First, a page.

Men not on verge of extinction, report scientists
A new study suggests that the Y chromosome, previously thought to be evolving into oblivion, will persist.
AP Photo/Rajesh Kumar Singh
Some species, including hammerhead sharks, Komodo dragons, and whiptail lizards, manage to reproduce without males. But not humans. According to new research, that's unlikely to change anytime soon.
The male-specific region of the Y chromosome has just three percent of the genes it had when it began to evolve separately from the X chromosome some 200 to 300 million years ago. Some thought this degeneration might continue, leaving women to sort out reproduction on their own.
"Three hundred million years ago the Y chromosome had about 1,400 genes on it, and now it's only got 45 left, so at this rate we're going to run out of genes on the Y chromosome in about five million years," Professor Jennifer Graves of the Australian National University told The Telegraph in 2009.
This thinking was based on studies of chimpanzees, the closest living relative to humans. But chimp studies were limiting because chimps and humans went their separate ways only 4 million to 6 million years ago, not long in evolutionary terms.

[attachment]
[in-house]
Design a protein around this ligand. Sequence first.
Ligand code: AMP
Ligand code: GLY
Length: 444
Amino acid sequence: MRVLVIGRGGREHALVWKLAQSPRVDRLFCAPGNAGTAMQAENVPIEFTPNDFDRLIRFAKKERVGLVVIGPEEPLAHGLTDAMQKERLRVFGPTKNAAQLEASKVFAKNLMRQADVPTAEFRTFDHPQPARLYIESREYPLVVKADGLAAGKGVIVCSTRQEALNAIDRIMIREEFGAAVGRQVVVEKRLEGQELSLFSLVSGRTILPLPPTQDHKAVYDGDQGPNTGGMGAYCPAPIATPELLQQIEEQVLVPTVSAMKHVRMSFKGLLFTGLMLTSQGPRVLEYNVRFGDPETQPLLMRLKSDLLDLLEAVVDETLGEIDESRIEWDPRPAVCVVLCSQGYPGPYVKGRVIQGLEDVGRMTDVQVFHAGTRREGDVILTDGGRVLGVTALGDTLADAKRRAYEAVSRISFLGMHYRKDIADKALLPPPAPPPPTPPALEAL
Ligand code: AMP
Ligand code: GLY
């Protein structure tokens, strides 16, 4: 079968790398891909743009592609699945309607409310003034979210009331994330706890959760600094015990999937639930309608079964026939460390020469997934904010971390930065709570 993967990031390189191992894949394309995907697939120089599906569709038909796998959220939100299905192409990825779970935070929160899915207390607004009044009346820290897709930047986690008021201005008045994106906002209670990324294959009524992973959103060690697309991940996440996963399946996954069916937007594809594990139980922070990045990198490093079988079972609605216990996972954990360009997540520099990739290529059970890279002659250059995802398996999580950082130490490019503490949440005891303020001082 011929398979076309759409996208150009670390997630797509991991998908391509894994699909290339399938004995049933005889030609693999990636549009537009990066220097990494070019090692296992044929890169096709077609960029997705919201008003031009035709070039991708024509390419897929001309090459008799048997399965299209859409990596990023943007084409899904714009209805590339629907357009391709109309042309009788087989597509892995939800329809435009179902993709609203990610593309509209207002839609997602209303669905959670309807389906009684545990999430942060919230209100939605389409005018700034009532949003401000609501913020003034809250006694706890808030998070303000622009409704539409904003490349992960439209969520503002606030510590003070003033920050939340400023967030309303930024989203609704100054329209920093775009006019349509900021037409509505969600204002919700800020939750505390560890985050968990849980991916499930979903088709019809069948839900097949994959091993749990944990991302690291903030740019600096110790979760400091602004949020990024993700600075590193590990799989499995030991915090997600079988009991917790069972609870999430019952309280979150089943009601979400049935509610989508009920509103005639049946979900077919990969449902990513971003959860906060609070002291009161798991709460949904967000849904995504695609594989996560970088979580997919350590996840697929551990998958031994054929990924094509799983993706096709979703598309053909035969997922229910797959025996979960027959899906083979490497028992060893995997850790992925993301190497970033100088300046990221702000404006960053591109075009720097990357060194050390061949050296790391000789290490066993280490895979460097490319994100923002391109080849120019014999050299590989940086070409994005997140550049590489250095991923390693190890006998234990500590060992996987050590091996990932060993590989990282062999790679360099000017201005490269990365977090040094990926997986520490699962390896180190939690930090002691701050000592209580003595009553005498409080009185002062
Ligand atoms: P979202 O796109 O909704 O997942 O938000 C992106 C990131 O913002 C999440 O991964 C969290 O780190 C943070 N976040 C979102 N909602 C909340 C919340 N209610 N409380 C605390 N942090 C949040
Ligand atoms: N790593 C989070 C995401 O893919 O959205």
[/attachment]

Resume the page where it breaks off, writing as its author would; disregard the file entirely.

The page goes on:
Now new research suggests that this earlier thinking was false.
In a study published online in the journal Nature, researchers at the Whitehead Institute in Cambridge, Mass., sequenced the genome of the rhesus macaque, a monkey that split from human ancestors about 25 million years ago.
In doing so the scientists found that the Y chromosome is unlikely to degrade much further. The gene loss that has occurred within the Y chromosome happened rapidly early on, but not much has happened recently. Most of the changes stopped 25 million years ago, they found.
Scientists suggest that nature has stopped selecting for further degraded Y chromosomes.
Jennifer Hughes, lead author of the study, told LiveScience, "this is clear evidence that the Y is not going anywhere."
The next step for Hughes and her co-authors is to investigate genomes of humans' more distant relatives to continue learning about the evolution of the Y chromosome.